8 Hypothesis Exercise: Write hypotheses about a relationships between respondents’ ages and hours viewing TV per week. Which is the independent and which is the dependent variables? Two-directional null hypothesis: There is no relationship between respondents’ ages and the number of hours viewing TV per week. Alternative (positive): There is a relationship between age and hours of TV viewing. One-directional positive hypothesis: Older respondents watch more TV, or younger respondents watch less TV. One-directional inverse (negative) hypothesis: Older respondents watch less TV, or younger respondents watch more TV.

9 Hypotheses De Anda: “Mexican-Origin Women’s Employment” “Workers employed in core sectors of the economy will have less employment instability.” “Workers employed in periphery service sectors of the economy will receive less than average wages.” Dependent variables? Amount of employment stability Amount of wages (salary) Independent variable? Type of employment sector One-tailed or two? One directional

10 Levels of Measurement A discrete variable has values that do not contain additional information between those values. Number of books in a library Rankings of the Top 10 selling CDs A continuous variable, on the other hand, has values that have information between those values. Weight Height

11 Levels of Measurement A nominal variable: a discrete measure whose values represent named categories of classification. For coding purposes, they can be assigned arbitrary numerals. The variable “favorite color” is measured nominally City you were born in [1=NYC, 2=LA, 3=Seattle, etc.] An ordinal variable is a discrete measure with the category values in sequence from high to low, or low to high. For coding purposes, they can be assigned arbitrary numerals. Ranking (rank order) 3=bad, 2=OK, 1=great Social class (lower, middle, upper) Strongly Agree (1) to Strongly Disagree (4)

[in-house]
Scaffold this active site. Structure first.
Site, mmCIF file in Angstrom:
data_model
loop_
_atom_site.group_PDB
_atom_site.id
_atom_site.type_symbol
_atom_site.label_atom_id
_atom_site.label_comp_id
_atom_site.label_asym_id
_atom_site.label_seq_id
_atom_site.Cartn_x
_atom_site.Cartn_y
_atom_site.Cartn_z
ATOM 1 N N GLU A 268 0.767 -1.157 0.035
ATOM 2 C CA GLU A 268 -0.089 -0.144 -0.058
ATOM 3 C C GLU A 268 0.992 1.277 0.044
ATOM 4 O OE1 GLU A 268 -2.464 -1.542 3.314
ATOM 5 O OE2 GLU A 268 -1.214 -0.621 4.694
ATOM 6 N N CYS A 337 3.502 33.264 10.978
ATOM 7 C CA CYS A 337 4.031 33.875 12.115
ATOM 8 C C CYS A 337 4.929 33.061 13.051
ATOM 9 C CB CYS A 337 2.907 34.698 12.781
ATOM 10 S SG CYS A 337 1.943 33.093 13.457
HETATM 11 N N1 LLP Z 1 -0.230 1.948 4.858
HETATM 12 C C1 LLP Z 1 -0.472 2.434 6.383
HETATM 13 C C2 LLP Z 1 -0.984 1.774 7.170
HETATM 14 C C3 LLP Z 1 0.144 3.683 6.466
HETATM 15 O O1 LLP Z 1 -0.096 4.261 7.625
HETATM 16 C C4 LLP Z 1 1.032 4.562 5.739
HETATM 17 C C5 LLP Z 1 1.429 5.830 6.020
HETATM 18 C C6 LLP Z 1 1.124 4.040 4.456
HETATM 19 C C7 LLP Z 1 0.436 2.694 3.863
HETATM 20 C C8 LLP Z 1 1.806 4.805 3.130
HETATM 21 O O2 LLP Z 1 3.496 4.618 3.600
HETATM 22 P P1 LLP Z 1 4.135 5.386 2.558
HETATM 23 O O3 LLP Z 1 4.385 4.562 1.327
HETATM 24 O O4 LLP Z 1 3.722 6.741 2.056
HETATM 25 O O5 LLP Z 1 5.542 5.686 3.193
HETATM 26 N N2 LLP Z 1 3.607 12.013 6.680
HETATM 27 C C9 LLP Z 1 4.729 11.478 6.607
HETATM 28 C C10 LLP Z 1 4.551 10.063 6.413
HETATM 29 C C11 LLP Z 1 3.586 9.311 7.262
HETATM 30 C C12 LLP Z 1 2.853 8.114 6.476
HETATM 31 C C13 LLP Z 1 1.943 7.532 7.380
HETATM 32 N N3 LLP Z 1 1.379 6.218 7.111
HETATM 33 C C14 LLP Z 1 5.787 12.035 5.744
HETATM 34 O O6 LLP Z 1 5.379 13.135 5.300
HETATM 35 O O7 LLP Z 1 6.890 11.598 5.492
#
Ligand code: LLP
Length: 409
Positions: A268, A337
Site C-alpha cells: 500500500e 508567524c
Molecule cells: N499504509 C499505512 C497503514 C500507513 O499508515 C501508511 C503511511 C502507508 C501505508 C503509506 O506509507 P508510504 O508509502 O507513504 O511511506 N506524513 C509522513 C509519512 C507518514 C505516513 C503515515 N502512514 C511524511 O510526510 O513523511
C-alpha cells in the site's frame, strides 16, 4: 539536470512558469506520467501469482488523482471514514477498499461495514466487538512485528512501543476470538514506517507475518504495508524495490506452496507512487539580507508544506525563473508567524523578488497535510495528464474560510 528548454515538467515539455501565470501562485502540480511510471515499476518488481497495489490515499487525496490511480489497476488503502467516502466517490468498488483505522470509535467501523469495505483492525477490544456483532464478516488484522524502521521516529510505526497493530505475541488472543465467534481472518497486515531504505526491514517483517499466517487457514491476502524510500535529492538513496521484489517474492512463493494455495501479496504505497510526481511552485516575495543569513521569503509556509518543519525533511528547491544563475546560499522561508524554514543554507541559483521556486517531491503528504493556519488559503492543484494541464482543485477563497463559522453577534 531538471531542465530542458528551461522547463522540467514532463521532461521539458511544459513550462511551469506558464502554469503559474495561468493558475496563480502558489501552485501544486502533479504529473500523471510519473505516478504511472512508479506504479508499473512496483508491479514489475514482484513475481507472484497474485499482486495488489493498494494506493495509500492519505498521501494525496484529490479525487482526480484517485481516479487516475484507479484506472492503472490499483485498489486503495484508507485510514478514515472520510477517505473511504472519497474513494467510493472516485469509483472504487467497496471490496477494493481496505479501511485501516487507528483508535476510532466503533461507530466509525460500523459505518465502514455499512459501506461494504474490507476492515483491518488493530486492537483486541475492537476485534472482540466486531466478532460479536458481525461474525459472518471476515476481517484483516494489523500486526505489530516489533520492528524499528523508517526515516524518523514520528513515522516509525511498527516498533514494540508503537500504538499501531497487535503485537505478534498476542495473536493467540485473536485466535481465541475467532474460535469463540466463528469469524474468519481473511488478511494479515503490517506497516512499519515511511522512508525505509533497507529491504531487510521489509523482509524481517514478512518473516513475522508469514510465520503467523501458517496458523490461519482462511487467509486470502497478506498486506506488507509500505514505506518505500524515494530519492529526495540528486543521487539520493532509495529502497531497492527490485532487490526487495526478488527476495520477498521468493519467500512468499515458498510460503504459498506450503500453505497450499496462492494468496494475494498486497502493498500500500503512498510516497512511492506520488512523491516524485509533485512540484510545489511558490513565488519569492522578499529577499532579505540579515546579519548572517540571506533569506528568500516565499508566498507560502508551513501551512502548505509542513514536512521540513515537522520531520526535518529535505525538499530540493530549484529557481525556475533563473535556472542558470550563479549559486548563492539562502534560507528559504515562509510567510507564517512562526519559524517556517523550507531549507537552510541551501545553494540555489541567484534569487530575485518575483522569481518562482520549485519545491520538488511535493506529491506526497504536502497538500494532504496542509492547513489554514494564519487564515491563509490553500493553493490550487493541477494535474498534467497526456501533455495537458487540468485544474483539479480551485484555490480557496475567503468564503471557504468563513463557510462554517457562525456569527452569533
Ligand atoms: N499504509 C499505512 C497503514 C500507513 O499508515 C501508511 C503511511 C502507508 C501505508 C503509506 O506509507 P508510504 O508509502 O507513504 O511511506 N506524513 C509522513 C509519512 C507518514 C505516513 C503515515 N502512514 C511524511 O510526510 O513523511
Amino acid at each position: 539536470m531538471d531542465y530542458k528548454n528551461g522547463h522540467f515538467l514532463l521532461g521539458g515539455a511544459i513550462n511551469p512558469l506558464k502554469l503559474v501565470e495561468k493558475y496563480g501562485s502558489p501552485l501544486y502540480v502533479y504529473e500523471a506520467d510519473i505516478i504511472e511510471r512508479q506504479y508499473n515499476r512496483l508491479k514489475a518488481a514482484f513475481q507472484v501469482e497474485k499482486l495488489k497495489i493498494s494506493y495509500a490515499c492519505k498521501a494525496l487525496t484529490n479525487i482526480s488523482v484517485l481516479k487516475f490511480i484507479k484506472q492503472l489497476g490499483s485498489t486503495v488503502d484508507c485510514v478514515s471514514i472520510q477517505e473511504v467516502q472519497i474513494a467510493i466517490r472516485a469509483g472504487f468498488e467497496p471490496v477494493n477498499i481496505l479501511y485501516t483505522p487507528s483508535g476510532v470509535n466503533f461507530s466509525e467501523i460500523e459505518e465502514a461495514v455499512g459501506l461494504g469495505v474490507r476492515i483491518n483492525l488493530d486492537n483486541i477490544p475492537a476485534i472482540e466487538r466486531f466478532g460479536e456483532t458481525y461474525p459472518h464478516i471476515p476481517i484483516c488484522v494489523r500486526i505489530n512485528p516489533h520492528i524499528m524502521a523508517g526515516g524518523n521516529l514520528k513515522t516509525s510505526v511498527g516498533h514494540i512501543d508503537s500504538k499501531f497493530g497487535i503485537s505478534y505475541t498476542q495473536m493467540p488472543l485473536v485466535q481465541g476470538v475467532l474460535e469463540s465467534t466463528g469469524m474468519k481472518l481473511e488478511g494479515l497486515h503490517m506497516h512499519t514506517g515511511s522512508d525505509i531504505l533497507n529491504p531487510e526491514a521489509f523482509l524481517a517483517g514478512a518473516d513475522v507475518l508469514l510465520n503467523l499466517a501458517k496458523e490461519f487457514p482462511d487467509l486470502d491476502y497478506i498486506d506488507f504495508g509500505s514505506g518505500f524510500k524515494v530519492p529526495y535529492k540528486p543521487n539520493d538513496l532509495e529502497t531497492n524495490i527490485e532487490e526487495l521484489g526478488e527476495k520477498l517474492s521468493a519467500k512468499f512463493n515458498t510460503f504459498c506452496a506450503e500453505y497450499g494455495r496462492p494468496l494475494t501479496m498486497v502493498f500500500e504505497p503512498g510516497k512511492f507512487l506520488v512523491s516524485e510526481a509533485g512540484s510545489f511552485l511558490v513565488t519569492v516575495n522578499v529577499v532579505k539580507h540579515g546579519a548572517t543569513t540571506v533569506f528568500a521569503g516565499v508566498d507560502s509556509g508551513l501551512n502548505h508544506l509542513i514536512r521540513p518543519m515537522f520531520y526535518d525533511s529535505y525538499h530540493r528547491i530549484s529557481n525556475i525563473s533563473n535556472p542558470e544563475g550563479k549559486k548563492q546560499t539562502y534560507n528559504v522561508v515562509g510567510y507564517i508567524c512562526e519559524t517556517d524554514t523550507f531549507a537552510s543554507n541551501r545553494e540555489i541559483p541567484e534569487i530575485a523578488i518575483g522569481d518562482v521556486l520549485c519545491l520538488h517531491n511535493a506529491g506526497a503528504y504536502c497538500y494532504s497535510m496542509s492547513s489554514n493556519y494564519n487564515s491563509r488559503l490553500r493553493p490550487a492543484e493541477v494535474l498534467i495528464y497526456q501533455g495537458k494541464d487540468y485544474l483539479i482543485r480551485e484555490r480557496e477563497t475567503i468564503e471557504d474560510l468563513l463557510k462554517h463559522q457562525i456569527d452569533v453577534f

12 Levels of Measurement An interval variable is a measure whose numbers are in order with equal size intervals, but have no absolute or fixed zero as a starting point. Temperature (Zero and below zero are actual measures) A ratio variable is a measure whose numbers are in order with equal size intervals and with an absolute zero. Height (no such thing as negative height) Salary in dollars ($20/hr. is twice as much as $10/hr) These will be referred to as Interval/Ratio measures.

13 Levels of Measurement  The levels of measurement are themselves ordinal: Nominalsimplest, non-mathematical measure Ordinal Interval Ratiomost complex, mathematical measure  V Variables with two values or categories are often called dichotomous or dummy variables: These may be treated as any level of measurement. 1 = Tall0 = Did not graduate 2 = Short1 = Graduated  O Ordinal measures with equal-appearing intervals (Likert) may be treated as interval/ratio measures 1 = Very Satisfied 2 = Satisfied 3 = Dissatisfied 4 = Very Dissatisfied

14 Validity Validity is about accuracy and whether the operationalization is correctly indicating what it's supposed to.  Face  Content  Construct  Criterion Concurrent Predictive

15 Reliability Validity is about accuracy and whether the operationalization is correctly indicating what it's supposed to.  Test-retest  Parallel form & inter-item  Split-half (internal consistency)  Inter-rater

16 Reliability & Validity Example 1: The High School Personality Questionnaire (HSPQ) is a self-report inventory for children ages It measures 14 personality characteristics that research has shown to be good predictors of social, clinical, occupational, and school behavior. Short-term test-retest reliability is in the.70s and.80s, and long-term is in the.50s and.60s. Factor analysis was used to establish construct validity. Test-retest reliability Construct validity

17 Reliability & Validity Example 2: The Goodenough-Harris/Draw a Person Test may be used to estimate developmental status in children from 5 to 17 years of age. Because it is a nonverbal measure of ability, it can be given to children from diverse cultures and to deaf children. Eleven raters with inter-rater reliability in the mid.90s assessed the sample. Internal consistence was estimated as being in the high.80s using Cronbach's Alpha. The average test-retest reliability coefficient was.74. The validity for the construct "developmental change" was established in the.60s which showed that scores tend to increase with age, as expected in any test of development. Inter-rater reliability Internal consistency (split-half) Test-retest reliability Construct validity